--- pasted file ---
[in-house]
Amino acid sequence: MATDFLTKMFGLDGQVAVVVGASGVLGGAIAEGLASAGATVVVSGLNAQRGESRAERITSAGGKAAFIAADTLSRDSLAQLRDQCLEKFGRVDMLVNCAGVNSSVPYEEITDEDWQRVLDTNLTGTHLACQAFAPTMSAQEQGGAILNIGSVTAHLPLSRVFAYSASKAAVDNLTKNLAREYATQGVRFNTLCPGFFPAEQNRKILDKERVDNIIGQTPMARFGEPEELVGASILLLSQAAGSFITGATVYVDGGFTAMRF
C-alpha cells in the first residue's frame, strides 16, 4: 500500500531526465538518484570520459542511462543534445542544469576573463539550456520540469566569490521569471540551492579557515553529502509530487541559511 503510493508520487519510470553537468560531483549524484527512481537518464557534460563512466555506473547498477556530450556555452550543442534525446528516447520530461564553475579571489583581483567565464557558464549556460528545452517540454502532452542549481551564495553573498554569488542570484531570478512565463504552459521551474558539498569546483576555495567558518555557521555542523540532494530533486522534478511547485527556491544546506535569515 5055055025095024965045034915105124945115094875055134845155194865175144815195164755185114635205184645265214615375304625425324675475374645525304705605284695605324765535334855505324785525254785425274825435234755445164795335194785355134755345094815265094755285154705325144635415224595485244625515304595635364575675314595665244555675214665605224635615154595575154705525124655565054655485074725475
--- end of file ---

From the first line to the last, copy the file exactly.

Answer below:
[in-house]
Amino acid sequence: MATDFLTKMFGLDGQVAVVVGASGVLGGAIAEGLASAGATVVVSGLNAQRGESRAERITSAGGKAAFIAADTLSRDSLAQLRDQCLEKFGRVDMLVNCAGVNSSVPYEEITDEDWQRVLDTNLTGTHLACQAFAPTMSAQEQGGAILNIGSVTAHLPLSRVFAYSASKAAVDNLTKNLAREYATQGVRFNTLCPGFFPAEQNRKILDKERVDNIIGQTPMARFGEPEELVGASILLLSQAAGSFITGATVYVDGGFTAMRF
C-alpha cells in the first residue's frame, strides 16, 4: 500500500531526465538518484570520459542511462543534445542544469576573463539550456520540469566569490521569471540551492579557515553529502509530487541559511 503510493508520487519510470553537468560531483549524484527512481537518464557534460563512466555506473547498477556530450556555452550543442534525446528516447520530461564553475579571489583581483567565464557558464549556460528545452517540454502532452542549481551564495553573498554569488542570484531570478512565463504552459521551474558539498569546483576555495567558518555557521555542523540532494530533486522534478511547485527556491544546506535569515 5055055025095024965045034915105124945115094875055134845155194865175144815195164755185114635205184645265214615375304625425324675475374645525304705605284695605324765535334855505324785525254785425274825435234755445164795335194785355134755345094815265094755285154705325144635415224595485244625515304595635364575675314595665244555675214665605224635615154595575154705525124655565054655485074725475